President Obama says the U.S. economy is "poised for a good year" but that progress could be threatened by political brinksmanship over the nation's debt limit.
"While I'm willing to compromise and find common ground over how to reduce our deficits, America cannot afford another debate with this Congress about whether or not they should pay the bills they've already racked up," Obama said at a White House news conference.
"We are not a deadbeat nation," he said. "The consequences of us not paying our bills would be disastrous."
Lawmakers have until the end of February to raise the nation's $16.4 trillion debt limit and address the delayed $1.2 trillion in automatic cuts to defense and domestic spending.
Failure to raise the debt limit would set the stage for a U.S. default on its loan obligations or force immediate cuts to government spending that could threaten hundreds of thousands of federal employees and beneficiaries of government aid, including Social Security recipients and active-duty military personnel.
Republican congressional leaders have said they plan to use the debate on a debt-limit increase to extract spending cuts from the Obama administration. They note a legislative precedent, including most recently in 2011, of coupling the debt limit increase with deficit-reduction legislation.
"The president and his allies need to get serious about spending, and the debt-limit debate is the perfect time for it," Senate Minority Leader Mitch McConnell said in response to Obama's remarks.
"We are hoping for a new seriousness on the part of the president with regard to the single biggest issue confronting the country," he said. "And we look forward to working with him to do something about this huge, huge problem."
Obama says he will "not negotiate" on an increase to the debt limit, which covers spending obligations that have already been passed into law, insisting that the issue should be independent of a debate on new limits on future spending.
"The financial well-being of the American people is not leverage to be used," Obama said. "The full faith and credit of the United States of America is not a bargaining chip."
The White House said the news conference would be Obama's last of his first term, coming six days before the inauguration and at a critical juncture in the ongoing fight with Congress on federal deficits and debt.
It also comes as Vice President Joe Biden presents Obama with his task force's recommendations for curbing gun violence in the wake of the deadly Newtown, Conn., shooting.
Obama said he has received a list of "sensible, common-sense steps" that could be taken through executive action or legislation to reduce violence and plans to give the public a "fuller presentation" later this week.
As for the surge in gun sales across the country, including in Connecticut, the president said it was a trend driven by irrational fear about what he's going to do.
"Those who oppose any common-sense gun control or gun-safety measures have a pretty effective way of ginning up fear on the part of gun owners that, somehow, the federal government's about to take all your guns away," Obama said.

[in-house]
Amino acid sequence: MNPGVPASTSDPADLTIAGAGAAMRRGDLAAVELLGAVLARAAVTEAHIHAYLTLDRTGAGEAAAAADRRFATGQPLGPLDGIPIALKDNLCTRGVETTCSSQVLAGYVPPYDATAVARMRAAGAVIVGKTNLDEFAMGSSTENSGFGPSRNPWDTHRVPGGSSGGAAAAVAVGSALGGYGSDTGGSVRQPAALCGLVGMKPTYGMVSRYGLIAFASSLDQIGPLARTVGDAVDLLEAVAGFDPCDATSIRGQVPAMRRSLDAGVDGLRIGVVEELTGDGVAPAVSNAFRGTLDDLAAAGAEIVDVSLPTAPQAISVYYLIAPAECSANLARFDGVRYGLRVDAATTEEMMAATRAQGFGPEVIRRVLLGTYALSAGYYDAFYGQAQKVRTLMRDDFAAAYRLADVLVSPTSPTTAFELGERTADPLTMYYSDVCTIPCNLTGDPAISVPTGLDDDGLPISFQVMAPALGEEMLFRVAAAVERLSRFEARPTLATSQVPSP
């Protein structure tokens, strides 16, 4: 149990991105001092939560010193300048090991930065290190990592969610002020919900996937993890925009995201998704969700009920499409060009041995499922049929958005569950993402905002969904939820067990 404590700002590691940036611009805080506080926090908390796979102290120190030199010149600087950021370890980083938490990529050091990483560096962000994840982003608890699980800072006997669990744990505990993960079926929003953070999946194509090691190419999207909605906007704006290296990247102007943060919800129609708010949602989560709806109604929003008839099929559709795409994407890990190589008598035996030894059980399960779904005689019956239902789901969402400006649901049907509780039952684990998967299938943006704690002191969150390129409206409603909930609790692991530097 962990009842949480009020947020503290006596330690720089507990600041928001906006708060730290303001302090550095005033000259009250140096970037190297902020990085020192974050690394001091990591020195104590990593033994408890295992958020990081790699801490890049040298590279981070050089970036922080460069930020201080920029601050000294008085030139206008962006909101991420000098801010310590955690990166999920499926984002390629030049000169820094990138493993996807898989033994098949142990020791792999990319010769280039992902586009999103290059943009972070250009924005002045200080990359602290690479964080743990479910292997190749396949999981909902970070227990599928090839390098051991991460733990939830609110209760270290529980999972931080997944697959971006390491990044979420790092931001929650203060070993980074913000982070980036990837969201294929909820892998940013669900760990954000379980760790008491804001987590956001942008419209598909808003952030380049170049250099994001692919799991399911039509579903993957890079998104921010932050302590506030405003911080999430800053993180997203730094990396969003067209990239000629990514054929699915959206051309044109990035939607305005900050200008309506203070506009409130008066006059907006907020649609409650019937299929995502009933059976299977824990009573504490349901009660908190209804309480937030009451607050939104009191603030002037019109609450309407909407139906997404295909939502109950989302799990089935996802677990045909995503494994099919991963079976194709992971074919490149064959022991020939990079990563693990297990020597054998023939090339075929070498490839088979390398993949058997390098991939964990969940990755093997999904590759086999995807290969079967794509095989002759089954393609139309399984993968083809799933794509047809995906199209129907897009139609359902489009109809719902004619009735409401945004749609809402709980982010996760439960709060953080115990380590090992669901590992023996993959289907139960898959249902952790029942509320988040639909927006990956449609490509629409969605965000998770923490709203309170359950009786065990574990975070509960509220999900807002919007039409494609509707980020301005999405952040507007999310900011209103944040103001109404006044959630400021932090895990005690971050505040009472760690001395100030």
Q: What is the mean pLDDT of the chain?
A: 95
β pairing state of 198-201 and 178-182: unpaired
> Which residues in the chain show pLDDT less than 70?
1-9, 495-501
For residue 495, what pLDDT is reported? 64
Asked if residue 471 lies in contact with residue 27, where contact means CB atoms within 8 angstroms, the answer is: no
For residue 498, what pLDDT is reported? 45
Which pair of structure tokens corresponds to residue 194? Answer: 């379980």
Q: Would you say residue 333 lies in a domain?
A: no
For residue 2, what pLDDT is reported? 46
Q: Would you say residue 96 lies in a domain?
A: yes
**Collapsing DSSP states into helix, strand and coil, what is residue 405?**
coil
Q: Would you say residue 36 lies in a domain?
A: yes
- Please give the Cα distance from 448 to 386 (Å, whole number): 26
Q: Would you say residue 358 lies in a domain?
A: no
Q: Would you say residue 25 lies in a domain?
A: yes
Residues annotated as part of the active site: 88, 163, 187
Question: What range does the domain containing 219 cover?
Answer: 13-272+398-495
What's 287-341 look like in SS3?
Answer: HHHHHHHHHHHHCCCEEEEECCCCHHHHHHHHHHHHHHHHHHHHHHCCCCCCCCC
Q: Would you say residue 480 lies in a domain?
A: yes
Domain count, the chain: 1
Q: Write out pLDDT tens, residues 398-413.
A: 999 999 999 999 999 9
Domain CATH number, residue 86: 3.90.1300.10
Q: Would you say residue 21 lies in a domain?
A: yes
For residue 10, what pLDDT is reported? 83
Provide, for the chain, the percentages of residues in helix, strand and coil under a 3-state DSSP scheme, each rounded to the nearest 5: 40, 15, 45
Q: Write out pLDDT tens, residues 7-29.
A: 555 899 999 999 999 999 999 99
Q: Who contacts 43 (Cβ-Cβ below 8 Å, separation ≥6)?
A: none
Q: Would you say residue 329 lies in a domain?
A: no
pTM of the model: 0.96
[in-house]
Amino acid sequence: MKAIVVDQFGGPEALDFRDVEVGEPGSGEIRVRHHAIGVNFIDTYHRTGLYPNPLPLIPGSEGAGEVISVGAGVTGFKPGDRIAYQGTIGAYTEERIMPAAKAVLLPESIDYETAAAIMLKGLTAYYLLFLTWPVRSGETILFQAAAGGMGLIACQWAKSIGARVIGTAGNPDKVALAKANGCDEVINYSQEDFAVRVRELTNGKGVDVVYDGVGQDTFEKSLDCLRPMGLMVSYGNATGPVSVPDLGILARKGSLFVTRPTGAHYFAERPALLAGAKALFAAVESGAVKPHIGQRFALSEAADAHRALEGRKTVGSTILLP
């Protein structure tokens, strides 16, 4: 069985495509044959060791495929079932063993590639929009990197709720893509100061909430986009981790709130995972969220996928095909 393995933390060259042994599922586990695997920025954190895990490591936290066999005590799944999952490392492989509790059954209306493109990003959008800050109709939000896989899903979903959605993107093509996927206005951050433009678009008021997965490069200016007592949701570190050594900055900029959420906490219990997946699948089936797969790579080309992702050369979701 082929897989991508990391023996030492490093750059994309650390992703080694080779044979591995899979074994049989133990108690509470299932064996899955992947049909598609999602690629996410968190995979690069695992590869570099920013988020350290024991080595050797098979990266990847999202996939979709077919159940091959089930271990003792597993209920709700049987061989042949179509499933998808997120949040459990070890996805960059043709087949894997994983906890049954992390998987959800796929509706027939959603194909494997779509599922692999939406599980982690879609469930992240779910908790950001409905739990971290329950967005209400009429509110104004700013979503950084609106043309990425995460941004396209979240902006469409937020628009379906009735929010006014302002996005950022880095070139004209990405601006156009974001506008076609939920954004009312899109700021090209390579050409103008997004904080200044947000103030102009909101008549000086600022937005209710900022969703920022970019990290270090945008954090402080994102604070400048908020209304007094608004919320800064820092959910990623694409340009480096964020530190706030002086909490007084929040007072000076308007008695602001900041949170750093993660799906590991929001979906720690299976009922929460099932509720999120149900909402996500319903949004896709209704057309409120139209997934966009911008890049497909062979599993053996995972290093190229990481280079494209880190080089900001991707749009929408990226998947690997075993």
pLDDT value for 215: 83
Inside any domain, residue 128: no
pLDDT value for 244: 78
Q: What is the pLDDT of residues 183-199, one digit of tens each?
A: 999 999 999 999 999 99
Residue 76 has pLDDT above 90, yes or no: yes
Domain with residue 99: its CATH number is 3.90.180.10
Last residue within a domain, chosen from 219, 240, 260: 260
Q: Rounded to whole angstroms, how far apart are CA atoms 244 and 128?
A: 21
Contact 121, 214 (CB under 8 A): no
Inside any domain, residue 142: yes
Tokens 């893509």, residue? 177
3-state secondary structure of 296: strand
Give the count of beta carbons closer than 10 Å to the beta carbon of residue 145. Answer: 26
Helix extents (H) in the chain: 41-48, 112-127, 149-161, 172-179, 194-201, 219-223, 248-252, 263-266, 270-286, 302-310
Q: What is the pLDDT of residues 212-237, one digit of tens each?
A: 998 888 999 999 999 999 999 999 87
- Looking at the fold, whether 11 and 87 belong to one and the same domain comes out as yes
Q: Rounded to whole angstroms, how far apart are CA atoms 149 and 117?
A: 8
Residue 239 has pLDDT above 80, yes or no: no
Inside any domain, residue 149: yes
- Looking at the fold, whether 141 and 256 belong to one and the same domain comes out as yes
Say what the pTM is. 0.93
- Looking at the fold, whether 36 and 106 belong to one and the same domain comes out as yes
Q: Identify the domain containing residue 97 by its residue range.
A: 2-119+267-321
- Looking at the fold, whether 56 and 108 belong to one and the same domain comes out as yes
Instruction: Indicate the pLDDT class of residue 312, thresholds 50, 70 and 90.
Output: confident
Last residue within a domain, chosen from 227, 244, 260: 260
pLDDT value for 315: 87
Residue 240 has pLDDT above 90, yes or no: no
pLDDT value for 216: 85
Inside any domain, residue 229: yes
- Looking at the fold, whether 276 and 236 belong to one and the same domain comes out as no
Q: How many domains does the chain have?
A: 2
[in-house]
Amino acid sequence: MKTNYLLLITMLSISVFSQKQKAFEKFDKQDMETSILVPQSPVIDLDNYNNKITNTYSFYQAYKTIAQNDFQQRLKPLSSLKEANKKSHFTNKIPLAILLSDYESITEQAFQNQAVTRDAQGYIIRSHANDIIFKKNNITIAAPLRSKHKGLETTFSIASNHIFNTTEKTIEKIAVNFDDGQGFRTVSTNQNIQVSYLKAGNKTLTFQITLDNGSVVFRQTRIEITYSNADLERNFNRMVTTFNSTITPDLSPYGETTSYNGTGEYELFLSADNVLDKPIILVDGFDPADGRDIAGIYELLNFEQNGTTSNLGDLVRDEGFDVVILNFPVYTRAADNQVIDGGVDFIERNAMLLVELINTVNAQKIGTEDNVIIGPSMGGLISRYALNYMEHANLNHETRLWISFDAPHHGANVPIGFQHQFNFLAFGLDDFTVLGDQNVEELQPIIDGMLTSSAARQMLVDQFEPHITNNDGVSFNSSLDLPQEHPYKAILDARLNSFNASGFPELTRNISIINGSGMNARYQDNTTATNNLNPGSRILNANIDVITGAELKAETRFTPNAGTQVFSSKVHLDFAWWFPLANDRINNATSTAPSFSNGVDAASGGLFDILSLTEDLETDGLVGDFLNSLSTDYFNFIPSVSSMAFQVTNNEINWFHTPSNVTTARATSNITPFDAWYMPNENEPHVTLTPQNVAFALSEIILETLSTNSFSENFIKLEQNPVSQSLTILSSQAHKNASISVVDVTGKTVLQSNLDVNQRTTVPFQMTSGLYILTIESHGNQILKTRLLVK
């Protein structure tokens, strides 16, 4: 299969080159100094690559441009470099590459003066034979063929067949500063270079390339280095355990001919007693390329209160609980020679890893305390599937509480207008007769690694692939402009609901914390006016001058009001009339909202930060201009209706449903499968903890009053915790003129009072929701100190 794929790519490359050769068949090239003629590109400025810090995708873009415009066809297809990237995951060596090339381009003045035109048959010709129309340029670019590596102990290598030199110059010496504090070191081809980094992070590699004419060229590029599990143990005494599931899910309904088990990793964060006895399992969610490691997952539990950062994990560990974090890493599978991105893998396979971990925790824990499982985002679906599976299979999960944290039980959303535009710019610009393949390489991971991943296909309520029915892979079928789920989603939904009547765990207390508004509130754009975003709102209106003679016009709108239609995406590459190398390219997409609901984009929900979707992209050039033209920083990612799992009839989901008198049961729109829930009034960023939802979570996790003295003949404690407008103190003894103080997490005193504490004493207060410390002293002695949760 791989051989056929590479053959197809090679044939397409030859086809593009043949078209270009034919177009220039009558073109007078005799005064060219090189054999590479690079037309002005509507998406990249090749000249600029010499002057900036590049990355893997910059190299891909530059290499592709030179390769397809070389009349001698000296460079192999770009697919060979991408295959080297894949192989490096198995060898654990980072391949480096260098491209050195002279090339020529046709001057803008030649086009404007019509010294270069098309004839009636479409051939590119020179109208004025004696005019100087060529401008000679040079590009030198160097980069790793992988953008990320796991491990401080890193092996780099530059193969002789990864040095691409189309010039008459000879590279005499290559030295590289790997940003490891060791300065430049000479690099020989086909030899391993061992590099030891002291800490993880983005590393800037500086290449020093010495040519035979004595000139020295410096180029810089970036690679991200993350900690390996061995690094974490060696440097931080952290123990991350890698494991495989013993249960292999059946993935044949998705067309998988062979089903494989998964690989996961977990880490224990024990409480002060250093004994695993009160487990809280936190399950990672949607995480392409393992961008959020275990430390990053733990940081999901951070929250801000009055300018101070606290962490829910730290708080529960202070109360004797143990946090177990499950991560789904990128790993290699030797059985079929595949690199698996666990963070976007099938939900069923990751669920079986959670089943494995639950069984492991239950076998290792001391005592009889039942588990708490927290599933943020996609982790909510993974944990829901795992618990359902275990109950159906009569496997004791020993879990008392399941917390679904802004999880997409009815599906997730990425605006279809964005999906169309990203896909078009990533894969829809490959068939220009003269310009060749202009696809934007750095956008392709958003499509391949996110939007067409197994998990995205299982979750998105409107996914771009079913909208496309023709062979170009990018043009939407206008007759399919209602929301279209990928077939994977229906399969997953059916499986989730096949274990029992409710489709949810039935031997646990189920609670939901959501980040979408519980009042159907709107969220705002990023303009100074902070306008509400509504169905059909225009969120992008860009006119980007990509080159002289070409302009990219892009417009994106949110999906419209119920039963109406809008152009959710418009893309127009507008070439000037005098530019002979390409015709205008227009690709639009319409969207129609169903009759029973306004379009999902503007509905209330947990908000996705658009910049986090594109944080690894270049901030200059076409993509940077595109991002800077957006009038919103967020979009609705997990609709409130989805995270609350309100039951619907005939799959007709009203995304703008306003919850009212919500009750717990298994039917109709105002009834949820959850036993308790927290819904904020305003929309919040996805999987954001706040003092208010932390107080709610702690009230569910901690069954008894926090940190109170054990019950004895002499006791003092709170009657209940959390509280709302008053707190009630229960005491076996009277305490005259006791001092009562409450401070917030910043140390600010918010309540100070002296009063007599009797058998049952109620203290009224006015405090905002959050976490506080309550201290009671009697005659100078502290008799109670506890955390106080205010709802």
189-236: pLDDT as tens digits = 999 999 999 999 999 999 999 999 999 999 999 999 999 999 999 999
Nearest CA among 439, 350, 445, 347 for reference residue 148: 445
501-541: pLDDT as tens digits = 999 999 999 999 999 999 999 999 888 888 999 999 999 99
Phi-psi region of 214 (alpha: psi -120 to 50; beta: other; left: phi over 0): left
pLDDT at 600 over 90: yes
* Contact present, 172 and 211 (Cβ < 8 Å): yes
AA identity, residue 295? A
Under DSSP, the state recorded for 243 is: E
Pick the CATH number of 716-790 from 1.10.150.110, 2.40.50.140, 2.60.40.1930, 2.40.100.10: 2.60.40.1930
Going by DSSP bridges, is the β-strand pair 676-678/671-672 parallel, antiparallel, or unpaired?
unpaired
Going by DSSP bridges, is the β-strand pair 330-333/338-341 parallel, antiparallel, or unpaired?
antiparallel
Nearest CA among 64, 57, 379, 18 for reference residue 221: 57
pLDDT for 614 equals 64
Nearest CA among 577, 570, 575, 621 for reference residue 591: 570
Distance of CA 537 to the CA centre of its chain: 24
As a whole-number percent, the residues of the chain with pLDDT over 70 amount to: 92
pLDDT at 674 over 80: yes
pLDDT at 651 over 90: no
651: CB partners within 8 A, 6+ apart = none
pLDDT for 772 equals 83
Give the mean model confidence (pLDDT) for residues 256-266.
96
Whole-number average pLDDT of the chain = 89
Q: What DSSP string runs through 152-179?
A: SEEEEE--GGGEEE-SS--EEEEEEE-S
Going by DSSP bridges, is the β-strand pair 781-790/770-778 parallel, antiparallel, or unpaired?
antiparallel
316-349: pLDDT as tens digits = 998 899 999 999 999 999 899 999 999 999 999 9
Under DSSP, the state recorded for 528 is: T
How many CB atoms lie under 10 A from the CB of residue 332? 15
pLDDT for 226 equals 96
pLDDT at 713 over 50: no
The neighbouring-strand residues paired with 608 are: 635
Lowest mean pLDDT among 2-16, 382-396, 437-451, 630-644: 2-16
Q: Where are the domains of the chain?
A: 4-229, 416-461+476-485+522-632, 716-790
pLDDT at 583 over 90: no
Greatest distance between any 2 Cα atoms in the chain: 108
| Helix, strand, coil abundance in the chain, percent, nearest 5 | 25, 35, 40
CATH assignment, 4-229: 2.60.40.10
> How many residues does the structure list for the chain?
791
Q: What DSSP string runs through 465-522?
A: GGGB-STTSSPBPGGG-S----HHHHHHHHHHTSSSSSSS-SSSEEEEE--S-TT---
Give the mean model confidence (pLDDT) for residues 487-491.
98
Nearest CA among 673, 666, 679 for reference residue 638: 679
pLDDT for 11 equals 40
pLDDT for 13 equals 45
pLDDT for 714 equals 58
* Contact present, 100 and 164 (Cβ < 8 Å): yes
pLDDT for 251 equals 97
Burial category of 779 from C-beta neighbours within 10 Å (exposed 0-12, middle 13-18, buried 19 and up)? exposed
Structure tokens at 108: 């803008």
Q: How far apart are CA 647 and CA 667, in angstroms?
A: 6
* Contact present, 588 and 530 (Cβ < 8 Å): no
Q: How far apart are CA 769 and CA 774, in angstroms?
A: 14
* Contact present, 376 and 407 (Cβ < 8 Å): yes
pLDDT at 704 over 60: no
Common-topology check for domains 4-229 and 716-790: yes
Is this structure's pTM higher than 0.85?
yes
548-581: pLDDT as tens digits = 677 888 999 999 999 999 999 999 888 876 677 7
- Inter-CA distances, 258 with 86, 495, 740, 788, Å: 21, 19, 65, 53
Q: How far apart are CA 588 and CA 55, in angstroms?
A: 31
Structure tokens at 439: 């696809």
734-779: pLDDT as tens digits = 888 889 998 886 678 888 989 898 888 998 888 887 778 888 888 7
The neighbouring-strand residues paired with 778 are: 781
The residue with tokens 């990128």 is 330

"And you know, there's probably an economic element to that. It obviously is good for business."
Obama said his administration has not infringed on gun rights and would continue to uphold the rights of responsible gun owners, "people who have a gun for protection, for hunting, for sportsmanship. They don't have anything to worry about."
The recommendations are expected to include requiring background checks for all gun purchases; limiting the number of bullets allowed in magazines; and a ban on so-called assault weapons.
All measures on the table are opposed by gun-rights advocates and the National Rifle Association.
"We know what works and what doesn't work," NRA president David Keene told CNN Sunday. "And we are not willing to compromise on people's rights when there is no evidence that doing so is going to accomplish the purpose."
The group appears to have a majority of Congress on its side, with 288 members of the House and Senate holding an "A" rating from the NRA for opposing any and all gun control measures.
Asked Sunday whether he thinks an assault weapons ban can pass Congress -- and whether it should pass --Republican Sen. John McCain of Arizona answered both with a simple, unwavering "no."
A ban on the sale of some assault-style weapons was enacted in 1994 but allowed to expire a decade later. Several subsequent attempts to reinstate the measure have failed, in large part because of advocacy by the powerful NRA.
But even some long-time gun-rights advocates say everything should be on the table -- including possible limits on arms sales -- after the massacre at Sandy Hook Elementary.
"We have to change the culture of mass violence we have," said Sen. Joe Manchin, D-W.Va., said on ABC's "This Week." " If you think it's only about guns and that would change the culture, you'd be wrong."
As the federal government weighs action on guns, many state and local governments are pushing ahead with new measures of their own.
Chicago Mayor Rahm Emanuel said today he would ask the city pension funds to divest from any investments in companies that manufacture guns, adding that he would "lead a charge" among all mayors to tackle the issue.
In Maryland, Gov. Martin O'Malley announced proposed legislation that would impose some of the most sweeping new restrictions on gun sales in the United States, requiring prospective gun buyers to provide fingerprints to state police, undergo a background check and complete a mandatory gun-safety course in order to obtain an owners permit.
New York Gov. Andrew Cuomo, Connecticut Gov. Dan Malloy and New Jersey Gov. Chris Christie last week made public calls for new measures to curb gun violence in their states.
ABC News' Mary Bruce contributed to this report.